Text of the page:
Wednesday, November 24, 2010


早期我用Windows時,用光碟備份了很多中文檔名的文件。當時還沒有Unicode,所以檔名是以Big5編碼。在Linux下,如果mount CD時沒有指定原編碼系統,所有的Big5中文檔名會被視為raw ASCII,直接轉成utf-8。比方說,檔名 台北.txt 就變成 ÑxÑ_.txt


$ echo ÑxÑ_.txt | iconv -t 437 | iconv -f big5

437是extended ascii。

2013/09/26更新:另可參考 提出的以下工具:

env LANG=C 7z x
convmv -f big5 -t utf8 --notest -r . # for filename which is big5 coded

env LANG=C 7z x
ls | iconv -t iso-8859-1 | iconv -f gb2312 # verify this is the right conversion sequence
convmv -f utf-8 -t iso-8859-1 --notest -r . convmv -f gb2312 -t utf-8 --notest -r .

Tuesday, July 20, 2010

Moving files with symbolic link vs. cross-filesystem

In linux, I mounted a raided lvm in /mnt/raid/home and bind it to /home. I also have /mnt/raid/shared/Music and other directories to be shared across users. Within my personal directory /home/username, there are some a few symbolic links to /mnt/raid/shared/Music and other shared directories.

This way, my media files can be accessed by all local users -- it also makes backing up of personal files (as opposed media files) easier.

The problem is, when moving files in or out of those shared folders, Linux mv can not resolve the complicated symbolic path -- what it sees are files across file systems. Therefore, a simple mv is translated into cp and rm, rather than simply updating the node info.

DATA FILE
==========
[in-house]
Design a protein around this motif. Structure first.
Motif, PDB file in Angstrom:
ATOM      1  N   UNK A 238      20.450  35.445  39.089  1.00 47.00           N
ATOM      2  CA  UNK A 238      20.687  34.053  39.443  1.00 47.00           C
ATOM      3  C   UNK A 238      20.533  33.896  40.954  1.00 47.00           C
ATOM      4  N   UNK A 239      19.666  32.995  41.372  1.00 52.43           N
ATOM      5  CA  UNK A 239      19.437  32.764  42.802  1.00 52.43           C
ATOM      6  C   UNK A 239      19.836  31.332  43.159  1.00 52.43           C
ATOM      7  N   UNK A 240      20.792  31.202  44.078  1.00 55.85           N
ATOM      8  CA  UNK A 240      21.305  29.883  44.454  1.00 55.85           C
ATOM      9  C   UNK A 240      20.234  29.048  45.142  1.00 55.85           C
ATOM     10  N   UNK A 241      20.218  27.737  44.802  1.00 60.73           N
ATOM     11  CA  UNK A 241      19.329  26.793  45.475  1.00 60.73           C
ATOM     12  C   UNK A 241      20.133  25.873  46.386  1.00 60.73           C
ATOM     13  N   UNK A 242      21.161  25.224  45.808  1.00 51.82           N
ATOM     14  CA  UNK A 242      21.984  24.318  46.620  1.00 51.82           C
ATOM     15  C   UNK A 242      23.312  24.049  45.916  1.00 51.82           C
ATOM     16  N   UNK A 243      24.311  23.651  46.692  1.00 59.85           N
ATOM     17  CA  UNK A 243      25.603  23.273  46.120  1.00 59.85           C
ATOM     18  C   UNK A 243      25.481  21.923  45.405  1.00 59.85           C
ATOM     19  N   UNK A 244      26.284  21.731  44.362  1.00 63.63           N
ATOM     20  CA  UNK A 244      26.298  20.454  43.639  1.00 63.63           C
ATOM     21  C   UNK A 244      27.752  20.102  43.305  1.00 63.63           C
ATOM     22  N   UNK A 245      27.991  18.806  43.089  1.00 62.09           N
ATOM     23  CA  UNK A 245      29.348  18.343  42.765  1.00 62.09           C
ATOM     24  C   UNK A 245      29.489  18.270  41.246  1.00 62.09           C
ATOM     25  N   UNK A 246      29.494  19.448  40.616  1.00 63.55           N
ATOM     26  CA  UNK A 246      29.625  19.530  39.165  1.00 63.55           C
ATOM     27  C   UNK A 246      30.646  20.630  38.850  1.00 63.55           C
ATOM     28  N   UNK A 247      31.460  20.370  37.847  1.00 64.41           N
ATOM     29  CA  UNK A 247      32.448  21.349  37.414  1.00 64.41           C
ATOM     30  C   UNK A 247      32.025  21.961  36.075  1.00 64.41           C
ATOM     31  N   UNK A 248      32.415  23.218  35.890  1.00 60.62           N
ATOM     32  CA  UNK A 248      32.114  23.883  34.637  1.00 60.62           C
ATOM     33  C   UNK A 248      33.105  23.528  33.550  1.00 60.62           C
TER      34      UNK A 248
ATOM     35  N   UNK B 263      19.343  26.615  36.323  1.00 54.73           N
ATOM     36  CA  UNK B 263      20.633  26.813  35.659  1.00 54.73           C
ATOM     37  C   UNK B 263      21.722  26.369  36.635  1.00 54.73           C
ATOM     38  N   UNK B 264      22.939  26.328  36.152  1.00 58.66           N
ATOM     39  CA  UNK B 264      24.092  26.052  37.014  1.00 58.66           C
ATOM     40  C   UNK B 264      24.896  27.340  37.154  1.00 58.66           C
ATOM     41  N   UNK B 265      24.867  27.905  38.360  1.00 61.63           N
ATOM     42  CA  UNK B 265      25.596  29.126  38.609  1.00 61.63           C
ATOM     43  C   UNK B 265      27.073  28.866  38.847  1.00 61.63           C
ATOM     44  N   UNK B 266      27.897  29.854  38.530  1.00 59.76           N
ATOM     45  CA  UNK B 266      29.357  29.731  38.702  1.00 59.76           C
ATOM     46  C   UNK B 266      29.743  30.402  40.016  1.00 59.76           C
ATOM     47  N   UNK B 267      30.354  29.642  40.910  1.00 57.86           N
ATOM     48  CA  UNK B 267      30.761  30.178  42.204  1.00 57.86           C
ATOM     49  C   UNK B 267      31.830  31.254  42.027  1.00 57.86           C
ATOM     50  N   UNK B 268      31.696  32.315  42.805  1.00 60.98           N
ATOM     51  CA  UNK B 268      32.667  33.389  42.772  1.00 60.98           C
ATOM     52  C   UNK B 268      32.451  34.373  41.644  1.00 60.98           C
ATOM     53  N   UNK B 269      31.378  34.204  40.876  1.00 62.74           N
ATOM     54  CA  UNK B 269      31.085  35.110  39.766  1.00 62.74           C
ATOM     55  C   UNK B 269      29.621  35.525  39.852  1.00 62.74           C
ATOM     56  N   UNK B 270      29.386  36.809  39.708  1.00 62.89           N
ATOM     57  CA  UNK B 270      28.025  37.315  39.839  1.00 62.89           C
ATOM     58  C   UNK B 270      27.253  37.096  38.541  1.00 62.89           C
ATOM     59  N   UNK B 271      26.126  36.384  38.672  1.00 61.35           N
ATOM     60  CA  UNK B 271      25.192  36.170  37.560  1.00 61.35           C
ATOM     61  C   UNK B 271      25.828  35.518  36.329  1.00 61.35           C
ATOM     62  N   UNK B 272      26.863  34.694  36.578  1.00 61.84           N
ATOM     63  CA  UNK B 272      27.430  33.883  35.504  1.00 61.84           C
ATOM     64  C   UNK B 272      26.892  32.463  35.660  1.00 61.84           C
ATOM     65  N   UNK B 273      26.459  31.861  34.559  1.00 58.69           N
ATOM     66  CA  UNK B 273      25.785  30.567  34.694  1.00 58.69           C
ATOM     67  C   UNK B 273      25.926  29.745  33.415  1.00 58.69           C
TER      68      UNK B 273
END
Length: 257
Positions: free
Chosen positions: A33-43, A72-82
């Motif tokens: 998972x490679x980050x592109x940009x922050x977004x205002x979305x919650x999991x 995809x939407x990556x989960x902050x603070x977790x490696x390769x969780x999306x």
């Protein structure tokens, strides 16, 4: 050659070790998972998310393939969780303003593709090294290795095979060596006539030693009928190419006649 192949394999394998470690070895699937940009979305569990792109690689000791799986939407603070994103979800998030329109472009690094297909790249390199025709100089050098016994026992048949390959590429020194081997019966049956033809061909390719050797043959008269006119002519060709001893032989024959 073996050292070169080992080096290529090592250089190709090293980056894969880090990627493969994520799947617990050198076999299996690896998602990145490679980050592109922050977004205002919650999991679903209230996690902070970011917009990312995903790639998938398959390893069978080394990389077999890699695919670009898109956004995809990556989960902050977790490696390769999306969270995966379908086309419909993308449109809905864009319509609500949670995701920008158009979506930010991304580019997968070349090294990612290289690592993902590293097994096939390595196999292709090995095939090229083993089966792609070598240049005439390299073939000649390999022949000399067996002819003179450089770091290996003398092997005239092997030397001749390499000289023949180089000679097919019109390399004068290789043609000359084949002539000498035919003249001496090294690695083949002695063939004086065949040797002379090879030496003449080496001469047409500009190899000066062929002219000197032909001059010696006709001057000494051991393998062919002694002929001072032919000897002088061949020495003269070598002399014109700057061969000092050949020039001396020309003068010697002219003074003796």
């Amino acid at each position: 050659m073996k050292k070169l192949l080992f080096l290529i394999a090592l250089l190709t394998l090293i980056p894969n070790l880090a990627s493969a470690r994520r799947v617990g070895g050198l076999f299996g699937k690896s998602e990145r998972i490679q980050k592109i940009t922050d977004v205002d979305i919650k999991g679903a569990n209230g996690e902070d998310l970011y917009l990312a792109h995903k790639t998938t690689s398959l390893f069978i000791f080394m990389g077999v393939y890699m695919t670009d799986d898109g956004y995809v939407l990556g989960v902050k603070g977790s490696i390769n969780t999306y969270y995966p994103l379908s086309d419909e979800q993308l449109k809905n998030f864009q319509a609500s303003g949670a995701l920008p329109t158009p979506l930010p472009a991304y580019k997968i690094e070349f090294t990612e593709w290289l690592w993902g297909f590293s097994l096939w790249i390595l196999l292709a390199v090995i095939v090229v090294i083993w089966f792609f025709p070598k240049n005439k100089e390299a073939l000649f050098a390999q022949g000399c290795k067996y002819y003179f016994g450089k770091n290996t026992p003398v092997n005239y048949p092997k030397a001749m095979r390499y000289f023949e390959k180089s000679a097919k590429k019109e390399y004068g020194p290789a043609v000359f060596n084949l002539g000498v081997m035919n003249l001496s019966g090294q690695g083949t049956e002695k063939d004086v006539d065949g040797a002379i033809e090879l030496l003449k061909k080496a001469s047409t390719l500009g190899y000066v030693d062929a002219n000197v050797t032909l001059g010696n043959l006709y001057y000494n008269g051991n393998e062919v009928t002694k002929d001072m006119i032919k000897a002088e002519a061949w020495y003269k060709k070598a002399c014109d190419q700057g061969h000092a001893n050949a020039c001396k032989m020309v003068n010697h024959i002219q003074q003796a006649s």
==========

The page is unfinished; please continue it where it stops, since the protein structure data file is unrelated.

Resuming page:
The solution is to translate everything to absolute path. Here's a simple script to do that.


use Cwd 'abs_path';

foreach my $arg (@ARGV)
    next if ($arg =~ /^-/); # skip switches
    $arg = abs_path($arg);
    $arg =~ s|^/home/|/mnt/raid/home/|;

system("/bin/mv", @ARGV);

This alone is enough for my environment. You may want to have more substitution rules for a more complex setting.

Monday, March 15, 2010

Scorewriters (Music Notation Program)

A friend asked me to recommend a scorewriter and I'd like to share some of my personal experiences.

I had used various scorewriters, from a very early version of Copyist (1988), Encore, Overture, and then settled on Finale for more than a decade, before switching to Sibelius 6.1 lately. Every switch was motivated by the new features provided, except for the last switch, motivated by Sibelius' promotional price, which I started to look for due to Finale's licensing restriction.

Long story short, I am very glad that I made the switch. Sibelius, with its younger age, has less historical burden that Finale bears -- Finale was the pioneer program that made scorewriting possible on personal computers, but some of its designs do not (or not soon enough) include newer technological advances such as newer UI design philosophy, better MIDI capability, more flexible audio routing and manipulation, etc.

Thursday, February 11, 2010

Fixing Yamaha PSR Keys

Some keys (G2 - C3) on my old 61-key Yamaha PSR keyboard quit working so I spent a Sunday afternoon fixing it. It took me a while to figure out what the problem was. I share what I learned here, so perhaps somebody out there can save their old keyboards, too.